Current Red Bull Racing

Red Bull Racing

FIA Entry: Red Bull Racing Renault
Car 1: Sebastien Vettel
Car 2: Mark Webber
Engine: Renault V8
Team Owner: Dietrich Mateschitz
Team Principal: Christian Horner
Chief Technical: Office Adrian Newey
Chief Designer: Rob Marshall
Race Engineer Car 1: Guillaume “Rocky” Rocquelin
Race Engineer Car 2: Ciaron Pilbeam

Stats as of end 2010

First Entered 2005
Races Entered 107
Race Wins 15
Pole Positions 20
Fastest Laps 12
Driver World Championships 1
Constructor World Championships 1

Team History

Before Red Bull

In 1997 Paul Stewart, aided by his father Jackie and the Ford Motor Company, made the leap from F3000 to F1 as an entrant. Jonny Herbert won 1 race for the Stewart team before it was sold off to Ford who re-branded the cars as Jaguar.

Ford stuck with it through thick and thin (mainly thin) through to the end of 2004 before selling the team to Dietrich Mateschitz, who owns the Red Bull drinks brand, for $1 on the understanding he invested $400 million over 3 years

Red Bull Racing

With Christian Horner installed as team principal, McLaren refugee David Coulthard and Christian Klien as the drivers Red Bull went racing. Their first season was certainly more successful than Jaguar had managed, even with the same Cosworth power plant, with Coulthard managing a 4th place at the European Grand Prix and the team finishing 7th in the Constructors Championship.

Adrian Newey joined from McLaren as chief designer for 2006 and Red Bull swapped to Ferrari engines. Coulthard managed a podium at his "home" race in Monaco prompting Christian Horner to jump naked, other than wearing a red cape, into a swimming pool.

Christian Klien, who shared the car with Vitantonio Liuzzi in 2005 and Robert Doornbos in 2006, departed the team for 2007 and was replaced by Mark Webber. The RB3 was the first full "Newey" car and was coupled with a Renault motor. The car was very unreliable, suffering from a variety of different problems but Webber managed a podium at the European Grand Prix and the team finished 5th in the WCC.

Retaining the same engine and drivers for 2008 Red Bull slipped back to 7th in the WCC and again only managed a single podium, for Coulthard in Canada, but the reliability issues which plagued the car the previous season were mainly resolved.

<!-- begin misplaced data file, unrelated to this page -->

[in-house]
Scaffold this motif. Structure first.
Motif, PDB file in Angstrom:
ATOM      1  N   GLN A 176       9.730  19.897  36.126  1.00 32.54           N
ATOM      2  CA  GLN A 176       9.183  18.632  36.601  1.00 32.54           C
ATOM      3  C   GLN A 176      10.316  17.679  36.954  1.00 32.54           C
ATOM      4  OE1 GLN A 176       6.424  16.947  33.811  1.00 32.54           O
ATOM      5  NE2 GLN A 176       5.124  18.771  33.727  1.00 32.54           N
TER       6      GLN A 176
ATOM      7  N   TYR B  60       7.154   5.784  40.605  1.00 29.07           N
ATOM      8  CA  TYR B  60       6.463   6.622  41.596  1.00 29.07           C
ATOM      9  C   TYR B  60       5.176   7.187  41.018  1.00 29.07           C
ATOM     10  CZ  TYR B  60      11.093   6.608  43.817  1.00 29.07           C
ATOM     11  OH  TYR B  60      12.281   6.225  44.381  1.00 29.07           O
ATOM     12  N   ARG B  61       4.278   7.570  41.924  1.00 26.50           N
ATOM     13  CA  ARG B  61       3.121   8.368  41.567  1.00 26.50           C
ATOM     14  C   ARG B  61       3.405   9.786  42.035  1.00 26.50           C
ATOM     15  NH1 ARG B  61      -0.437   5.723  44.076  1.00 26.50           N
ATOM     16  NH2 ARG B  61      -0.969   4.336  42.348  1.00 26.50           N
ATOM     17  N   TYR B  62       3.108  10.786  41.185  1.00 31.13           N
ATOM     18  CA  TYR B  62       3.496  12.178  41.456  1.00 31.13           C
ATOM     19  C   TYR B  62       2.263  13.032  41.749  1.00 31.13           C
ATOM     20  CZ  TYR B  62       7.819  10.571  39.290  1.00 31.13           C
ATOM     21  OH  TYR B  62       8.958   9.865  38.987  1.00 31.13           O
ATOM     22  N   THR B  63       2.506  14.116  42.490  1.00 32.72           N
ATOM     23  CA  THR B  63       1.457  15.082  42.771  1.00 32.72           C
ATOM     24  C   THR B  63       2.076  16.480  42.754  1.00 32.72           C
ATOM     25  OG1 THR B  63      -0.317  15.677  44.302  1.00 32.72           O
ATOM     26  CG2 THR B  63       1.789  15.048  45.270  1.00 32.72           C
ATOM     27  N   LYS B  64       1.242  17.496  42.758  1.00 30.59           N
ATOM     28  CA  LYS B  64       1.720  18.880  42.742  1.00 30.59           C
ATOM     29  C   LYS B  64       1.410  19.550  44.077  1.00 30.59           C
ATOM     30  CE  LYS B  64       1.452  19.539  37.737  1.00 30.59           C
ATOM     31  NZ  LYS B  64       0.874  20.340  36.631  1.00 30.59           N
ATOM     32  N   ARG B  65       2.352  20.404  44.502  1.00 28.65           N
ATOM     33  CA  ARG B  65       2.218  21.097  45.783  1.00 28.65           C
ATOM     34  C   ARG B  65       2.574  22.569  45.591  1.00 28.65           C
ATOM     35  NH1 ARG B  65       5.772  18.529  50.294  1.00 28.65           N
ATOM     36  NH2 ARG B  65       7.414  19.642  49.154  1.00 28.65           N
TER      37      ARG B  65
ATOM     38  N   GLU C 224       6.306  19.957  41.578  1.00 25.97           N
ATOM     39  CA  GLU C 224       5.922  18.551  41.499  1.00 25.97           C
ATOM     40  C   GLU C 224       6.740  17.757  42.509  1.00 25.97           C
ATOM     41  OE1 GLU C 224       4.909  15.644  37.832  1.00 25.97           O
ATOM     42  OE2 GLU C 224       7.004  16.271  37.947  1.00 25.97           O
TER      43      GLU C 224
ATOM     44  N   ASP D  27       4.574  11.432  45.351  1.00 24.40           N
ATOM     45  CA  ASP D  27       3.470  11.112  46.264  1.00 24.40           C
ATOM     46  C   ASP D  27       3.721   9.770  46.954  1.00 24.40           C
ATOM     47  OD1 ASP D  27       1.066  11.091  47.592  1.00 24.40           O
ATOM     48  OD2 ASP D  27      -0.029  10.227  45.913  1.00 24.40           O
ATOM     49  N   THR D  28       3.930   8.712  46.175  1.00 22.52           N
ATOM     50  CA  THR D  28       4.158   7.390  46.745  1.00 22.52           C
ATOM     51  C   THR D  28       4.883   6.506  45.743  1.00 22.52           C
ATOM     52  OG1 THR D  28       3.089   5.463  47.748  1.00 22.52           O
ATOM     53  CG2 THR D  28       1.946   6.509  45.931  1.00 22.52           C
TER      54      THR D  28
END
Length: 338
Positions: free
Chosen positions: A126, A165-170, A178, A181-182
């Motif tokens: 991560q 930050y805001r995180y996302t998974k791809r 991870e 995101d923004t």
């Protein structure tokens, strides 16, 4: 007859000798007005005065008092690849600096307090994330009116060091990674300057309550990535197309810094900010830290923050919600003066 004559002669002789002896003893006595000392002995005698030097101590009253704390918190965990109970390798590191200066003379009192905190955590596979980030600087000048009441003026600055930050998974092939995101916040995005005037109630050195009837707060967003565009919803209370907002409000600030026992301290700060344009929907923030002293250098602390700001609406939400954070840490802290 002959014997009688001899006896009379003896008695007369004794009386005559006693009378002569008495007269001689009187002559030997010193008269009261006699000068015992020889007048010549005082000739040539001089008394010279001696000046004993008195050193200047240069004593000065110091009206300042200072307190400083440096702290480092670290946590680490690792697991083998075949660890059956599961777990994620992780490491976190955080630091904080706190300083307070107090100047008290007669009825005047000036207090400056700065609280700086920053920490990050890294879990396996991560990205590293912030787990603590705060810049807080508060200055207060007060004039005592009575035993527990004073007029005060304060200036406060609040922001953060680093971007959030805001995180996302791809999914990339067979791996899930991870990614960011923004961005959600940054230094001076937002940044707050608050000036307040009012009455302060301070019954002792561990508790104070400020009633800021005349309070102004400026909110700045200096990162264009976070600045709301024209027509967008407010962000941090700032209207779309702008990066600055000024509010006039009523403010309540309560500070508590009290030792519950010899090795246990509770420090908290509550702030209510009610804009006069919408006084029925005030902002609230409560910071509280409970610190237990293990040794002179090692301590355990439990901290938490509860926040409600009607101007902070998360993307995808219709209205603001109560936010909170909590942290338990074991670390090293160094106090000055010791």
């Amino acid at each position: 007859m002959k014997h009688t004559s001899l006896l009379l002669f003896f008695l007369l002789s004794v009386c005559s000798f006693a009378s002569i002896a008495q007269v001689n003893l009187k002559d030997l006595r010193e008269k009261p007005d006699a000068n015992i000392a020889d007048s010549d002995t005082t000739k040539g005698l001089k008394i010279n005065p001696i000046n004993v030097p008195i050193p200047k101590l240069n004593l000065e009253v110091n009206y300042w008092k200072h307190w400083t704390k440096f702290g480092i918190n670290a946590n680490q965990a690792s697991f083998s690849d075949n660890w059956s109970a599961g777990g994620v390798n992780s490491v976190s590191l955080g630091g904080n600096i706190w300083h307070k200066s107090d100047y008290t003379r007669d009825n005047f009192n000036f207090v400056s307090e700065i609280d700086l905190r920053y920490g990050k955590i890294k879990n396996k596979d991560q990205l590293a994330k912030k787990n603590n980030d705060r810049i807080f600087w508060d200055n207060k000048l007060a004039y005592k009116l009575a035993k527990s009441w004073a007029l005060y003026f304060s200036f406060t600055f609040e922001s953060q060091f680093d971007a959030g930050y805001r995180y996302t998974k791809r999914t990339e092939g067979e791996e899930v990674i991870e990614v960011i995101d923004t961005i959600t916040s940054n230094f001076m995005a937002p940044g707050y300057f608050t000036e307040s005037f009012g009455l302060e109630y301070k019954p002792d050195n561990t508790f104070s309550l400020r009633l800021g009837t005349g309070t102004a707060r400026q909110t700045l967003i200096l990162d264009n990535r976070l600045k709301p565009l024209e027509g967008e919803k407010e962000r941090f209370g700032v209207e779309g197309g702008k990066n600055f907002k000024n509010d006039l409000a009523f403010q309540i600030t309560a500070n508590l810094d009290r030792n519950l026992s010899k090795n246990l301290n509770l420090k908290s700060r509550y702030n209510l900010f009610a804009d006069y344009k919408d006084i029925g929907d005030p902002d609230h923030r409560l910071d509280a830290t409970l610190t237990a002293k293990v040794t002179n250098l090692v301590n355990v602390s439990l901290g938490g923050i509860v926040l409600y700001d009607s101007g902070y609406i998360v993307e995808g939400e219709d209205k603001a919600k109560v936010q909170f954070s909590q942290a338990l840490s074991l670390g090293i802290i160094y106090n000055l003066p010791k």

2009 was Red Bull's break through year. With Coulthard having retired Webber was joined by Red Bull junior driver Sebastien Vettel. The new rules allowed Newey to design a car which challenged for both the Drivers and Constructors Championship. Webber won 2 races, Vettel 4 and the team climbed to 2nd in WCC taking 3 pole positions en-route.

In 2010 Red Bull justified Mateschitz's investment winning the Constructors title and Vettel the Drivers Championship. They won 9 races through the season, 5 for Vettel and 4 for Webber and took 10 poles. Webber led the title race for much of the season but it was the 23 year old Vettel who stole the title in the last race of the season and became the youngest Champion as a result.

2011 sees the team retain the same driver line up as 2010 and continue with Renault engine power in the new RB7 car.
If she was directly employed by Red Bull and has followed the company complaints procedure, then the next step is to resign and go through the employment tribunal process for constructive dismissal.

The only reason for F1 or the FIA to get involved is if it is bringing the sport into disrepute, but that's a whole different process and would be instigated by the FIA, not a complaint by an employee outside the organisation.
If you read what happened to one of winners of the Apprentice you will know she sued for constructive dismissal after resigning but the courts said resigning is not grounds for constructive dismissal. So the complainant should not resign in my opinion
If you read what happened to one of winners of the Apprentice you will know she sued for constructive dismissal after resigning but the courts said resigning is not grounds for constructive dismissal. So the complainant should not resign in my opinion
Agree. That's common sense. How can you say you were unfairly dismissal if you resigned.

Seven-time world champion Hamilton added: "It is still a male-dominated sport and we're living in a time where the message is, 'if you file a complaint, you'll be fired'.

Does snyone want to work for Red Bull? Not sure if its the same job as the one that was advertised as when the overspend allegations came out in 2022. So that would be about 18 months the person lasted
I hate to be an argumentative arse Il_leone, but if you feel forced to resign because of the way your employer has treated you this is grounds for taking your employer to court for constructive dismissal. This article form ACA should help clear up any confusion - Constructive dismissal - Dismissals - Acas
Well it did not work out for Stella English and bankrupted her taking on Sugar because she resigned which is how the courts ruled. It might be written like that but you need the best lawyers around to win you the case

So the woman complaining against Red Bull needs more hard evidence because she's already accepted €1m
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